A recent survey conducted by Interfolio and Hanover Research of over 600 faculty members from higher education institutions across the country provides a revealing snapshot of faculty’s feelings regarding their workloads, career journeys, and faculty technology. As part of a three-part series looking at the survey results, this blog article details survey insights into faculty career journeys.
One-third of your faculty feel underappreciated, and 93% of them perceive troubling obstacles to tenure and promotion, according to a recent survey Interfolio conducted of over 600 faculty members ranging from adjuncts to full-time professors.
Reacting to these results, faculty affairs professionals Interfolio interviewed expressed that higher education must act to improve faculty work-life balance.
How exactly colleges and universities should change faculty career journeys remains unclear, but one thing is certain:
Faculty Survey Identifies Key Tenure and Promotion Obstacles
Only seven percent of faculty we surveyed feel there are no obstacles to achieving tenure and promotion.
When asked to identify up to five obstacles to achieving tenure, promotions, and/or salary increases, the most common obstacle respondents chose was remote work and online teaching, with balancing work and personal responsibilities not far behind.
Roughly one-third of respondents also feel lack of mentorship or career guidance is one of their greatest obstacles. You can see the full list of identified obstacles below:
Considered together, these survey results suggest faculty perceive many significant obstacles to advancement in their careers.
Our survey also asked those faculty that feel underappreciated to identify the specific impact they’re making that they feel may go underappreciated in career advancement conversations.
The top two impacts that may go underappreciated, both of which were selected by 54% of the respondents, were diversity, equity, and inclusion work and creative productions. 45% of faculty chose student mentorship as an impact that may go underappreciated.
Another sobering finding from the survey was that only 37% of the respondents agree that their institution is good at retaining underrepresented faculty.
Faculty Affairs Administrators Recognize Need for Change
In response to these survey results, several faculty affairs administrators we spoke to elaborated on how their institutions are working to address obstacles to faculty promotion and tenure.
At New York University (NYU), faculty were able to include a COVID impact statement in their reviews for promotion, and NYU also granted all tenure-track faculty a one-year tenure COVID-related clock extension, unless the faculty member requested to stay on the original tenure clock.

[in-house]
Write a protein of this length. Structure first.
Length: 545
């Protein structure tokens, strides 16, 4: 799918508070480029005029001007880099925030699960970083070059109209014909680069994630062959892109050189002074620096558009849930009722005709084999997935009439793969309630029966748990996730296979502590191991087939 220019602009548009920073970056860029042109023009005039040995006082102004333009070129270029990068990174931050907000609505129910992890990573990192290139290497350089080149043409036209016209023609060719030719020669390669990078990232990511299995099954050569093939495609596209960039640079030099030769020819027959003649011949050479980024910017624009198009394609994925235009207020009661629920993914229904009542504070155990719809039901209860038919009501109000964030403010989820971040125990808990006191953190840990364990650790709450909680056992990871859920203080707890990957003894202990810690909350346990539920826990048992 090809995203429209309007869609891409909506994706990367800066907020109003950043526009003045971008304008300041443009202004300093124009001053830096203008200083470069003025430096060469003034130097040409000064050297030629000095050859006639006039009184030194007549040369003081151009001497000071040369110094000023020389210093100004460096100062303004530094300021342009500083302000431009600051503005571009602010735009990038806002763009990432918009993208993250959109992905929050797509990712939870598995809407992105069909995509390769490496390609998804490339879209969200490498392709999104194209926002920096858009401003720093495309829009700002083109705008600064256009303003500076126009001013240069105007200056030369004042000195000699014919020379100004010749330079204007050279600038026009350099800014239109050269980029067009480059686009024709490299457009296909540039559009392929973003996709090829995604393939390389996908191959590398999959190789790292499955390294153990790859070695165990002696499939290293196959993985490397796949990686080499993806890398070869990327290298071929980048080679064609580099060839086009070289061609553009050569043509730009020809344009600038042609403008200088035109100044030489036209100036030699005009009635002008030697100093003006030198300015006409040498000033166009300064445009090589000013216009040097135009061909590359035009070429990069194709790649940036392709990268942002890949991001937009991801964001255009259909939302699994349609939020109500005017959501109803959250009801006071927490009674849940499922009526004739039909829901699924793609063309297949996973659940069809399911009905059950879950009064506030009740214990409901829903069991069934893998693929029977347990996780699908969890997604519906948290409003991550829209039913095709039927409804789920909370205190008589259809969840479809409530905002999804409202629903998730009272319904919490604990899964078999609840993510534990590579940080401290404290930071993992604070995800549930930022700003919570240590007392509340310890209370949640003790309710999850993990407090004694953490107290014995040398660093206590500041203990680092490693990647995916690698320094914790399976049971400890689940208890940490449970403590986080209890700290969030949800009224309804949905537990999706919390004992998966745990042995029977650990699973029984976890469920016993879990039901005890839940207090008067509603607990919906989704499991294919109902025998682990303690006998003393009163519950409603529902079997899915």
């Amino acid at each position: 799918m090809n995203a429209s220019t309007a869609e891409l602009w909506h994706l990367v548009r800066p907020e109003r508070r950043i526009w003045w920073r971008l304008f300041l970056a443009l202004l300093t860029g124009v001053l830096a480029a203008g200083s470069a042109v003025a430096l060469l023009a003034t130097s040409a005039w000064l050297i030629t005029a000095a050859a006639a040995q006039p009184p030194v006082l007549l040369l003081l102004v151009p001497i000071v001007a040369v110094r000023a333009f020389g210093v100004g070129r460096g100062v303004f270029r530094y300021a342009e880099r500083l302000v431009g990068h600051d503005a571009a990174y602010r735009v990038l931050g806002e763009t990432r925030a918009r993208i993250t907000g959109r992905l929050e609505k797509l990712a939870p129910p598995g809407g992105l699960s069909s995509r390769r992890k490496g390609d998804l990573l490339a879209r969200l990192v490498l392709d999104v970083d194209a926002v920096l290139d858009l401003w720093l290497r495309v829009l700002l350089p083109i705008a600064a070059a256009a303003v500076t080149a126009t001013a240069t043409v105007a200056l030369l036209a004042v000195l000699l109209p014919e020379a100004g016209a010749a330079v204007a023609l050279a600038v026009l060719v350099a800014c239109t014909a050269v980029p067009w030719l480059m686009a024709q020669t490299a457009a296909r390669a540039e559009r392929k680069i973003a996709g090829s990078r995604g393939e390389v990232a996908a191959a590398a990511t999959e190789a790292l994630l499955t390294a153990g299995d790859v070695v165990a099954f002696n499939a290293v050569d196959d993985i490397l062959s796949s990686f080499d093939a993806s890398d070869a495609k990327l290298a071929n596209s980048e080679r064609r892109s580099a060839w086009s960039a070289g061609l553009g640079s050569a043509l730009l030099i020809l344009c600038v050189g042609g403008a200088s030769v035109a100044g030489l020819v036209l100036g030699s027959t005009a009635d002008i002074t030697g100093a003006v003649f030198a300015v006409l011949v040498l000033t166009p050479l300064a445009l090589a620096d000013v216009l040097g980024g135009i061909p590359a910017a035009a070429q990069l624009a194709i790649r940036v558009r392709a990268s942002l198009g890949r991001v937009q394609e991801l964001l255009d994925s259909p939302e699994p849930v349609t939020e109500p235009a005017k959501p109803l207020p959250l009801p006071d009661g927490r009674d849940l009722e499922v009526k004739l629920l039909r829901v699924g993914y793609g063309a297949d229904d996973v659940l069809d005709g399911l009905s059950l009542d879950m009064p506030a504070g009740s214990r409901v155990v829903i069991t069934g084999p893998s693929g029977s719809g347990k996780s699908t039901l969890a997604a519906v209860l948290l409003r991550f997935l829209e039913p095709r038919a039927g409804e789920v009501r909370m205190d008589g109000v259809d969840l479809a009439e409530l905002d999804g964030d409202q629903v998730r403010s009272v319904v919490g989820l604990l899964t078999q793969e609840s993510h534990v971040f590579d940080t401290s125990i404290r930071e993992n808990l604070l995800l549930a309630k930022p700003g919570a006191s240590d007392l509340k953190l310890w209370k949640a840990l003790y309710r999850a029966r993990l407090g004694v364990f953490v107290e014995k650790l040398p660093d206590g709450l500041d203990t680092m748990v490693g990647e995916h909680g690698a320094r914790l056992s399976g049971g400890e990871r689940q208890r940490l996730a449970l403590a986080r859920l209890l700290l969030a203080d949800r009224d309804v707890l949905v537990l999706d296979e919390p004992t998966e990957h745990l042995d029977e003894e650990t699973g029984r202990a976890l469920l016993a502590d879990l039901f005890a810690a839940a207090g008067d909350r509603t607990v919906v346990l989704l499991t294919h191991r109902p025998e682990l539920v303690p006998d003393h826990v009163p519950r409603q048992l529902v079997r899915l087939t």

NYU faculty are also asking for additional guidance and transparency on the “trajectory to get to tenure,” says Charlton Mcllwain, Vice Provost for Faculty Engagement and Development at NYU.
The exact trajectory to obtain tenure isn’t the only thing that is unclear on campuses. Other institutions are wondering how to improve faculty work-life balance.
“The pandemic brought to life the fact that our work-life balance was untenable to start with,” observes Laura Robbins, Associate Dean, Office of Faculty Information, at John Hopkins University School of Medicine. “And now what people are craving is something that should have been available the whole time: a better work-life balance. So, as a country and as an institution, we have to ask: ‘Are we going to change the way we do business and our measure of success?’”
NYU is also wondering how to enable better work-life balance for its scholars, Mcllwain says:
“When I go to our early-career faculty and say, ‘It’s imperative for you to find work-life balance,’ it’s great for me to say that, but the ultimate response is, ‘Okay, well, what are you going to do to help me make sure I can actually make that a reality?’ And I think that’s going to be a challenge for us moving forward.”
NYU is also exploring how it can give greater weight in the tenure and promotion review process to teaching and activities relating to diversity, equity, and inclusion.
Likewise, at JHUSOM, “there is a conversation taking place among the departments and within the administration about needing to rethink and reweigh review criteria,” says Robbins.
As part of efforts to modify their tenure and promotion reviews, these institutions are also taking steps to capture the full diversity of faculty activities, so that these activities can be recognized and rewarded during the review process.
“It’s critical to have a structure that captures what faculty are doing so that institutions can recognize faculty’s contributions. That’s one of the reasons we adopted the Interfolio Faculty Activity Reporting module — to help us meet that challenge,” says Mcllwain.
In addition to better capturing faculty activities, institutions need to fundamentally change their review and promotion practices and policies, argues Rob Nelson, Executive Director for Academic Technology & Planning at the University of Pennsylvania.
“It’s easier in some ways to launch a new initiative to recognize faculty than it is to change the structures that have been in place for a while, but we have to do the hard work of updating our tenure and promotion review practices and requirements to better reflect new institutional priorities,” says Nelson.
If you’d like to learn more about how institutions are pursuing these reforms, we recommend the white paper The Time is Now: Rebuilding Higher Education: How Faculty Affairs Professionals Can Lead their Institutions to Future Success.